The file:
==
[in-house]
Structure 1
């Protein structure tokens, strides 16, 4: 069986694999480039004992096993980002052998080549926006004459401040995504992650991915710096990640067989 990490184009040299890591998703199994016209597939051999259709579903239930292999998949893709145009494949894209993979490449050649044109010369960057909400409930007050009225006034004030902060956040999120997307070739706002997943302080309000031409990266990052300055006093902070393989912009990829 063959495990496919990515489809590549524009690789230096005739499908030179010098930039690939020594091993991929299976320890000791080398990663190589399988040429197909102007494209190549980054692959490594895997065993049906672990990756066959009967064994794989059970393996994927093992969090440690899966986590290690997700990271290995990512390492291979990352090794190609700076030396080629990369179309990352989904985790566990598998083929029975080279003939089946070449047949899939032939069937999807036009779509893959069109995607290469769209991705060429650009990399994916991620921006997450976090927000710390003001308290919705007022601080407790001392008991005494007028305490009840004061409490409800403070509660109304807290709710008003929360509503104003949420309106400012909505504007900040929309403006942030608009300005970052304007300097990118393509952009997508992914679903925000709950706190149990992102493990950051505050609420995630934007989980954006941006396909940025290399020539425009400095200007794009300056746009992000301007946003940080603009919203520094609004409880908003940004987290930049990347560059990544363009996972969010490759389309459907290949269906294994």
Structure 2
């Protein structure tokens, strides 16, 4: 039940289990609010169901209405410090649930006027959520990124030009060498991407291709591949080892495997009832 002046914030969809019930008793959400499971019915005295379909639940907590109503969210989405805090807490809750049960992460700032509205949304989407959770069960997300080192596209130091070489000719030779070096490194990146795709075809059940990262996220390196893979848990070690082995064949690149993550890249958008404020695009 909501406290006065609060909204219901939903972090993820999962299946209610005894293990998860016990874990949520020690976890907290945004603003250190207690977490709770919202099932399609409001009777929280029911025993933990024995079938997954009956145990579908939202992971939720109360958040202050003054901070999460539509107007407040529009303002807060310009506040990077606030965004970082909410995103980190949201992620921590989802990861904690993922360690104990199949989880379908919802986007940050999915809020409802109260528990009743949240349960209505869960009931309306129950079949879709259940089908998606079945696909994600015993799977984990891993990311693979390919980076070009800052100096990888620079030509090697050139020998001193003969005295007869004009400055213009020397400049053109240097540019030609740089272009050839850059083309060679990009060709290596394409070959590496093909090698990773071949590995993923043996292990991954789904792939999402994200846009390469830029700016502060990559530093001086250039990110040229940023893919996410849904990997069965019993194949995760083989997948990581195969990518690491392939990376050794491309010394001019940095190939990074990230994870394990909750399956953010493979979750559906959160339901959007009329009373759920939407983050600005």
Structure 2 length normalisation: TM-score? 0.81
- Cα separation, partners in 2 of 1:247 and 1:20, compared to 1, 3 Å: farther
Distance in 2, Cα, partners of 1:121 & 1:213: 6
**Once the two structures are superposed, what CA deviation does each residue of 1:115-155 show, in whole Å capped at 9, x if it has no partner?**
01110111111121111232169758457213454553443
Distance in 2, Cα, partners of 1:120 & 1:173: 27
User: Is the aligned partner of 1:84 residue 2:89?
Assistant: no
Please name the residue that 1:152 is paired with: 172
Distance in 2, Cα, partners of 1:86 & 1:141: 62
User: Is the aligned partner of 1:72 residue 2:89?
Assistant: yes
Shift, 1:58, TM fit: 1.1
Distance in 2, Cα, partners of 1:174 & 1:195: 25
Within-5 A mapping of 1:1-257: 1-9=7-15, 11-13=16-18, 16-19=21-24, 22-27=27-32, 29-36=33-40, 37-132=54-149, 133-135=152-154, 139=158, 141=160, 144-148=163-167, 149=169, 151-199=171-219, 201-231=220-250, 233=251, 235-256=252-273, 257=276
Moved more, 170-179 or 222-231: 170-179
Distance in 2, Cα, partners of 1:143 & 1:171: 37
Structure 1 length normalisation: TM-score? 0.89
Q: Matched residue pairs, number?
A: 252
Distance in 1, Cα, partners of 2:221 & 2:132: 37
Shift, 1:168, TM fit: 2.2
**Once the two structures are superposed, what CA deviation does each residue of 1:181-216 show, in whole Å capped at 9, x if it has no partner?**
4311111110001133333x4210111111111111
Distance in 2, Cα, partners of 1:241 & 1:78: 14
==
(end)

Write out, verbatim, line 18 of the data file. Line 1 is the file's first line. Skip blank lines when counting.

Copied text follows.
Shift, 1:58, TM fit: 1.1